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In harmony with nature

Nature strikes back in very unique ways. The community living around Geta Forest in Nyandarua County know this too well after years of being squatters and living in poverty and squalor in their initial selfish quest to destroy the forest in attempting to hit back at the ‘government.’

Breaking the notion held so strongly by many Kenyan communities; that forests as well as all other natural resources belong to the ‘government,’ and that they have no responsibilities to care for them has been the hallmark responsibility of many conservationists, post Kenya’s colonial period.

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New anti-poaching technology leads to dozens of arrests of wildlife criminals in Africa

WWF’s thermal infrared camera imaging and human detection software stops poachers in their tracks.


Three ghostly figures march at a steady pace from left to right across a grainy screen—a small caravan of poachers on the hunt for wildlife in the Maasai Mara reserve in Africa. The footage shows them moving confidently under the cover of night; the protected area encompasses more than 500 square miles, making the chances of bumping into a ranger on patrol slim at best.

Soon, a truck swerves into the frame and the figures drop to the ground. The vehicle zooms past their hiding spot, then circles back and stops several paces away. Rangers jump out and apprehend the poachers. It’s as though they can see in the dark.

And, in a way, they can.

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Engaging local communities for water managment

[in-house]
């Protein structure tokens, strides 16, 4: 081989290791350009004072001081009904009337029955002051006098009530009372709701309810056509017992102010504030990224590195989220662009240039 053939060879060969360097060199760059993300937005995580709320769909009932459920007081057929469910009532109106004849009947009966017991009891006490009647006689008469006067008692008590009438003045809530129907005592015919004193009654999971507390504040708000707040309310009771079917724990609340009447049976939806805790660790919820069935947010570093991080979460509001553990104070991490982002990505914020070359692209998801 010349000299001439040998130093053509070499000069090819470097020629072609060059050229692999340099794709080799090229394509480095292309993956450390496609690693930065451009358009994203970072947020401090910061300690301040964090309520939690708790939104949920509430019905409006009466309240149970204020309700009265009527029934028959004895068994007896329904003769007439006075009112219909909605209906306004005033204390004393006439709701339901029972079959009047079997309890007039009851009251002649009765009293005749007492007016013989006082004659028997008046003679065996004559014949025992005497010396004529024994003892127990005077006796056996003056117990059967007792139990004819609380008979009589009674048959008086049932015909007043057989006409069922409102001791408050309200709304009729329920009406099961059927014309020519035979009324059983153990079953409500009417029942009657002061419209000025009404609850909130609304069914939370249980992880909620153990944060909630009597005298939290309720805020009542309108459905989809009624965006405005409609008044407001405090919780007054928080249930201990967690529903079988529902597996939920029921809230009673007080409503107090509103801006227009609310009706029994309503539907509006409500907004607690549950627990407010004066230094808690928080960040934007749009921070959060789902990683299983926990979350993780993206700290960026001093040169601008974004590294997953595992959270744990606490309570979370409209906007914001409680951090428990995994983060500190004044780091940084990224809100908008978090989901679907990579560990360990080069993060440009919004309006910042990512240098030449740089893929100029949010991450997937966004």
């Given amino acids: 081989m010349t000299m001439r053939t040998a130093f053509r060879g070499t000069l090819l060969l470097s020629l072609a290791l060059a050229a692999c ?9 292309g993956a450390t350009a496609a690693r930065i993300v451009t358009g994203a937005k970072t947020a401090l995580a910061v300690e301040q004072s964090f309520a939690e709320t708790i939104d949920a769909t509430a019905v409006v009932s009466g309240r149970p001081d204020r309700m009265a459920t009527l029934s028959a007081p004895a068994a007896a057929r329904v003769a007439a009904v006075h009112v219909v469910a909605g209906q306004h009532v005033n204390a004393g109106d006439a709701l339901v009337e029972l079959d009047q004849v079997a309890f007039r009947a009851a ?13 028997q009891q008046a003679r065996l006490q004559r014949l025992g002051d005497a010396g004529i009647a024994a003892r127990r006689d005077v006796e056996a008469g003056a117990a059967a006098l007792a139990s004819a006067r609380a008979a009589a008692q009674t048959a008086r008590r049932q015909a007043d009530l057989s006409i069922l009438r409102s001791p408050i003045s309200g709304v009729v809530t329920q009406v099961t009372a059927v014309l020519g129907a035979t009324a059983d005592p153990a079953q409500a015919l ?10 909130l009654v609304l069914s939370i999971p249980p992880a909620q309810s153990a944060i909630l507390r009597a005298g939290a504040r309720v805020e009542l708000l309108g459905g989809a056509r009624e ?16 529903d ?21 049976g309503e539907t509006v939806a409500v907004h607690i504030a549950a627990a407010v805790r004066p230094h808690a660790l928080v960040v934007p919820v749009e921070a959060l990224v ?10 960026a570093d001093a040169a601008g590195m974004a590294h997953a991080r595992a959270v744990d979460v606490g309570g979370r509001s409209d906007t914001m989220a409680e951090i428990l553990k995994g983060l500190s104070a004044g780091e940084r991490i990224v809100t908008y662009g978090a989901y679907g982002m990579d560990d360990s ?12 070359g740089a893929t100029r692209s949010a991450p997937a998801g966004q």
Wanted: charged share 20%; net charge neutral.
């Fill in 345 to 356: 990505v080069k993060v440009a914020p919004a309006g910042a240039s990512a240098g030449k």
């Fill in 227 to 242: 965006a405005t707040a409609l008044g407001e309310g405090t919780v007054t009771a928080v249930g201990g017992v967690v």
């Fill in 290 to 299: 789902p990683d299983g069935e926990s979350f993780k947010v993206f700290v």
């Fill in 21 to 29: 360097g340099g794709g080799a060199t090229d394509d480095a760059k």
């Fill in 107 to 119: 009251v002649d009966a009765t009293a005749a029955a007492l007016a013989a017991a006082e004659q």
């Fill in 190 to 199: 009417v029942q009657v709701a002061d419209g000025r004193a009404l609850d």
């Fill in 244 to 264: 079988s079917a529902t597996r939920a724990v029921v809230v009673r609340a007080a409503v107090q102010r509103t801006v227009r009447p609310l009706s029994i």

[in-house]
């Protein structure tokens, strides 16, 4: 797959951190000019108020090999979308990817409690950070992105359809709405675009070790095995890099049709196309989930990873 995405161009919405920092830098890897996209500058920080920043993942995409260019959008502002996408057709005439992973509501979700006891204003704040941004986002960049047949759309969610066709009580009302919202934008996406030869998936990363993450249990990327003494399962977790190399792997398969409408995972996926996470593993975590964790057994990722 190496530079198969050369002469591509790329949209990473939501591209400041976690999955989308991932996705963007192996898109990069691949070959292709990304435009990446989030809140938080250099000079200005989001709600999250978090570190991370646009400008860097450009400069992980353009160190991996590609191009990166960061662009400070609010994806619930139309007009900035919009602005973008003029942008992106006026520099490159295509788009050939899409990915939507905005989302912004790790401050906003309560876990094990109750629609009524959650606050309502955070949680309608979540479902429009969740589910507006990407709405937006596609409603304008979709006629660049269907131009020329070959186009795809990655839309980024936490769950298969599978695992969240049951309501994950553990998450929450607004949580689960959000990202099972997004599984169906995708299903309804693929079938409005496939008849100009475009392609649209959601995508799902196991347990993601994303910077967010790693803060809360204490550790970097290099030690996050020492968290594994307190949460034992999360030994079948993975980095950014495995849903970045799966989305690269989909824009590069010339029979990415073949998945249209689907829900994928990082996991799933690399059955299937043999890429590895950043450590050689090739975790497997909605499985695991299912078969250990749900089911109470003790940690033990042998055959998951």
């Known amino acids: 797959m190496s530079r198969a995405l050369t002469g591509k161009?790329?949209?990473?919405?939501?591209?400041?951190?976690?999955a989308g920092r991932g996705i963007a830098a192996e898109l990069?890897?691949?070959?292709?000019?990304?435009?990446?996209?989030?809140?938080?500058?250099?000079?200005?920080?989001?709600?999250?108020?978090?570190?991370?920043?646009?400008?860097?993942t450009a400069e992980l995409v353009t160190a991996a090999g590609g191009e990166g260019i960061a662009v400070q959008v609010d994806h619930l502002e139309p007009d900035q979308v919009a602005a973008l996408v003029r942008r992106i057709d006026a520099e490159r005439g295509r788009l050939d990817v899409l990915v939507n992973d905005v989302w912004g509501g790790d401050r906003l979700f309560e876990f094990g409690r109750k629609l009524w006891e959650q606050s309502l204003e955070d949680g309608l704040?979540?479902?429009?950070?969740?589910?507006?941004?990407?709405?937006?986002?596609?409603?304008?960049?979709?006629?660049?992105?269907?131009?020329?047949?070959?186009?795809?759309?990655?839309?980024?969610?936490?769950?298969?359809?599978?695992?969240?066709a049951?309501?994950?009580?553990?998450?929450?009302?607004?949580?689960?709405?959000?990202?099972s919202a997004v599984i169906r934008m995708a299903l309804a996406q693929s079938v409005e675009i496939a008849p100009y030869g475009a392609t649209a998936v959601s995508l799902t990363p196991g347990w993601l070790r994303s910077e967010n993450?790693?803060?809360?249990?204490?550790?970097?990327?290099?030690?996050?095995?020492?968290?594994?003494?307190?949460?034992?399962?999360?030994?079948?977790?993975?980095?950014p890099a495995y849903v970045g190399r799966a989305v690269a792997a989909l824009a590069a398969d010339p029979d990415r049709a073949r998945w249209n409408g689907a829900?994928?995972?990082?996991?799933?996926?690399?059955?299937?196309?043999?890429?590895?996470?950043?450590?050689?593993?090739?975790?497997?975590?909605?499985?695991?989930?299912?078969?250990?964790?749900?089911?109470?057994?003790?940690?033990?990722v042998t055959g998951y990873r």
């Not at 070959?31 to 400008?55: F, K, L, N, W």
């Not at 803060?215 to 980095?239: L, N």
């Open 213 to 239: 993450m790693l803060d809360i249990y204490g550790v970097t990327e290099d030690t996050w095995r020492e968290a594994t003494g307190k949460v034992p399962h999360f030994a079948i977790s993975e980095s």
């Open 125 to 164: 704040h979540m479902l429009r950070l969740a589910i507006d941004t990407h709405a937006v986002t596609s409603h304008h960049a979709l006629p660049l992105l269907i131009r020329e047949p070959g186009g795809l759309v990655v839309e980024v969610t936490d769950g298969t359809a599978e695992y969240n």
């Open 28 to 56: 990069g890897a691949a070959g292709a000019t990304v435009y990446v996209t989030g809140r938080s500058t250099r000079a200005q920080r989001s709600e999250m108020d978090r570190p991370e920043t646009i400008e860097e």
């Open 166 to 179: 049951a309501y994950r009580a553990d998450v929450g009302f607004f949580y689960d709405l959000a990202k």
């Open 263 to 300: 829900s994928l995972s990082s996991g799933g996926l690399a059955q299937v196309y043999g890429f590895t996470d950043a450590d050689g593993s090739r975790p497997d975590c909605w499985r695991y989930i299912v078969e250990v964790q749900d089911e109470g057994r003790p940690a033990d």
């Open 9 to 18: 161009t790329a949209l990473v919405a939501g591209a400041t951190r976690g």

Low yields, increasing sedimentation of rivers, depleting water resources and reduced livestock productivity are some of the harsh realities that communities living in the upper catchment of the Mara River have faced in recent years.

While only four decades ago the land of Merigi Village was covered by dense forest, today most of the forest has been cleared for homes and farmland, triggering a downward spiral for productivity in the region as the roots which had prevented erosion were removed, and soil and nutrients began to wash away into the river.

On the picturesque slope of the Merigi Hills in Bomet County, Kenya, lies the home of 45-year old Christine Kirui. In her jovial tone, Kirui – who is a mother of three – describes the situation in her village a few years ago, before the community embraced land management practices under the HSBC Water Programme.

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A new dawn for conservation as WWF-Kenya is officially launched

Conservation in Kenya and the region is set to get a notch higher following the official launch of WWF-Kenya on 24 October 2016. In a colorful luncheon held at the Intercontinental Nairobi and officiated by Her Excellency the First Lady of the Republic of Kenya Mrs. Margaret Kenyatta, WWF-Kenya was installed as a locally registered conservation NGO in Kenya as well as the official unveil of the organization’s Strategic Plan.

Speaking at the occasion the First Lady congratulated WWF-Kenya for being launched locally; citing the influential conservation role WWF has played in Kenya and other parts of the World over the years.